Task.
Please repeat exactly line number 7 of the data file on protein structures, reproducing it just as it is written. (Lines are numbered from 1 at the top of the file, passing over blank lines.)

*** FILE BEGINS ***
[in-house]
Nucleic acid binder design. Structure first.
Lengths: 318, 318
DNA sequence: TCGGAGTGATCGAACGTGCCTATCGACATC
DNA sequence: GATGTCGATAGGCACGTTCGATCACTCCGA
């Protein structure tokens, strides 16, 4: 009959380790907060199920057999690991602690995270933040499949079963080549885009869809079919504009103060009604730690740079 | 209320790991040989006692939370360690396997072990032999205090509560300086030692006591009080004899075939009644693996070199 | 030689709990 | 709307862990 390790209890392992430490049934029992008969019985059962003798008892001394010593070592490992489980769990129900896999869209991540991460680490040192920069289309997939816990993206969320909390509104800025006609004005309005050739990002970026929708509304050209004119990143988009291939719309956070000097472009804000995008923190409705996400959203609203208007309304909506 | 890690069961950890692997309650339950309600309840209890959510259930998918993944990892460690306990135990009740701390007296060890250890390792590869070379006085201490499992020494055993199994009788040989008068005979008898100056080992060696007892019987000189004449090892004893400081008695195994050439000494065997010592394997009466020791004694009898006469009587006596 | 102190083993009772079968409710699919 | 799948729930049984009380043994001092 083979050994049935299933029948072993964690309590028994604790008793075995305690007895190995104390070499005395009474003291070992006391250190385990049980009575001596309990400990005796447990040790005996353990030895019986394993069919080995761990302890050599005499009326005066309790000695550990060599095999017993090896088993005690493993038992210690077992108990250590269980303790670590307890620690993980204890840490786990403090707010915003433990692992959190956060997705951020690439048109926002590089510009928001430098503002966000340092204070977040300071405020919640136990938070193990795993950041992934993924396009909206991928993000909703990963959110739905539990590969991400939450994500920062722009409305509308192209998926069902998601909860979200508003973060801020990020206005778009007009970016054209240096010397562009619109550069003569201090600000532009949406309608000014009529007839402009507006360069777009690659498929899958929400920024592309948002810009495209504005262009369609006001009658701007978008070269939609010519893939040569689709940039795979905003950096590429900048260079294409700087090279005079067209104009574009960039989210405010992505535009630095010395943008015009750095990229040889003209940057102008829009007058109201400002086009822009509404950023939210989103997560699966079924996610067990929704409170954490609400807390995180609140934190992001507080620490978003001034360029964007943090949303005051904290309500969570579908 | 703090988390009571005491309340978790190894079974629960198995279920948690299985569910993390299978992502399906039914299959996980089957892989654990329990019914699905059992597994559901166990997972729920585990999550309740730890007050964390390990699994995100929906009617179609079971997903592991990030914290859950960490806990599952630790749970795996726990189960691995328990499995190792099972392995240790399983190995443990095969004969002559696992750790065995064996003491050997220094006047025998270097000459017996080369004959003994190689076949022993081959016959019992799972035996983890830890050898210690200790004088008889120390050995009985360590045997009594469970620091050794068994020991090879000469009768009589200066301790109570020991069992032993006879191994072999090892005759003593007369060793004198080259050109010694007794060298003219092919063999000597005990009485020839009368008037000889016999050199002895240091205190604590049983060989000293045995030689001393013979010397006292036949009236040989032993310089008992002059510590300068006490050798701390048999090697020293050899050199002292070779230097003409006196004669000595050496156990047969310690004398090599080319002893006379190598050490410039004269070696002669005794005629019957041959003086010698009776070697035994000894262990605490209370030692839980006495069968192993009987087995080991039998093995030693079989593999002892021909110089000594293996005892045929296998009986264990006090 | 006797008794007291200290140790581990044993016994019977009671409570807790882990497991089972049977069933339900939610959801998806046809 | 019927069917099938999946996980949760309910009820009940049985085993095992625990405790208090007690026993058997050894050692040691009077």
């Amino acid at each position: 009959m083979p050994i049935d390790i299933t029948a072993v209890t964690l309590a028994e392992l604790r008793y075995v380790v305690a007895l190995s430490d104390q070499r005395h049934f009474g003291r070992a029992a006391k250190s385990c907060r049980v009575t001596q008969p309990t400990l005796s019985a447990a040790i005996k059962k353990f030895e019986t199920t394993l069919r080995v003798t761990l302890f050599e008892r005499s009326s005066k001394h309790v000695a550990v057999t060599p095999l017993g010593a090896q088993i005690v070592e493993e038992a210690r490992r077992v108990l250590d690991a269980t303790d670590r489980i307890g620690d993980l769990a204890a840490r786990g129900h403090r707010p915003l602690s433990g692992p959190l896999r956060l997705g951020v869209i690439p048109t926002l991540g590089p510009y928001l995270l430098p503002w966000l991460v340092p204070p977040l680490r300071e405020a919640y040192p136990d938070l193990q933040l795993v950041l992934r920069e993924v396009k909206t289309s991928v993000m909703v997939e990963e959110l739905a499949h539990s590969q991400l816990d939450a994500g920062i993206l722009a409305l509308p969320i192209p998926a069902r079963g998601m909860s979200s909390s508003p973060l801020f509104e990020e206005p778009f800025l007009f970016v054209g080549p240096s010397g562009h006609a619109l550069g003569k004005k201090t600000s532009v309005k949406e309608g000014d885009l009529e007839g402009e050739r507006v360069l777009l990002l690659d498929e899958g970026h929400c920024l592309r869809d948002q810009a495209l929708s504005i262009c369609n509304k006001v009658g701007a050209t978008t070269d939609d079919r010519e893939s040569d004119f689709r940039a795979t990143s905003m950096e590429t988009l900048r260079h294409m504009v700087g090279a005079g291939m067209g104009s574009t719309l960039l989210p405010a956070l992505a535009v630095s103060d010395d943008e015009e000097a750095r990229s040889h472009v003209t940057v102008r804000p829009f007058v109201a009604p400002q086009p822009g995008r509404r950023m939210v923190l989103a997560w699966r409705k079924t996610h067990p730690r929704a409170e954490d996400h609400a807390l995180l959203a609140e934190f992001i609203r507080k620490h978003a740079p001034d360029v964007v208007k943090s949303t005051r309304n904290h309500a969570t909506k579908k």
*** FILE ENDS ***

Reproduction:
């Amino acid at each position: 009959m083979p050994i049935d390790i299933t029948a072993v209890t964690l309590a028994e392992l604790r008793y075995v380790v305690a007895l190995s430490d104390q070499r005395h049934f009474g003291r070992a029992a006391k250190s385990c907060r049980v009575t001596q008969p309990t400990l005796s019985a447990a040790i005996k059962k353990f030895e019986t199920t394993l069919r080995v003798t761990l302890f050599e008892r005499s009326s005066k001394h309790v000695a550990v057999t060599p095999l017993g010593a090896q088993i005690v070592e493993e038992a210690r490992r077992v108990l250590d690991a269980t303790d670590r489980i307890g620690d993980l769990a204890a840490r786990g129900h403090r707010p915003l602690s433990g692992p959190l896999r956060l997705g951020v869209i690439p048109t926002l991540g590089p510009y928001l995270l430098p503002w966000l991460v340092p204070p977040l680490r300071e405020a919640y040192p136990d938070l193990q933040l795993v950041l992934r920069e993924v396009k909206t289309s991928v993000m909703v997939e990963e959110l739905a499949h539990s590969q991400l816990d939450a994500g920062i993206l722009a409305l509308p969320i192209p998926a069902r079963g998601m909860s979200s909390s508003p973060l801020f509104e990020e206005p778009f800025l007009f970016v054209g080549p240096s010397g562009h006609a619109l550069g003569k004005k201090t600000s532009v309005k949406e309608g000014d885009l009529e007839g402009e050739r507006v360069l777009l990002l690659d498929e899958g970026h929400c920024l592309r869809d948002q810009a495209l929708s504005i262009c369609n509304k006001v009658g701007a050209t978008t070269d939609d079919r010519e893939s040569d004119f689709r940039a795979t990143s905003m950096e590429t988009l900048r260079h294409m504009v700087g090279a005079g291939m067209g104009s574009t719309l960039l989210p405010a956070l992505a535009v630095s103060d010395d943008e015009e000097a750095r990229s040889h472009v003209t940057v102008r804000p829009f007058v109201a009604p400002q086009p822009g995008r509404r950023m939210v923190l989103a997560w699966r409705k079924t996610h067990p730690r929704a409170e954490d996400h609400a807390l995180l959203a609140e934190f992001i609203r507080k620490h978003a740079p001034d360029v964007v208007k943090s949303t005051r309304n904290h309500a969570t909506k579908k």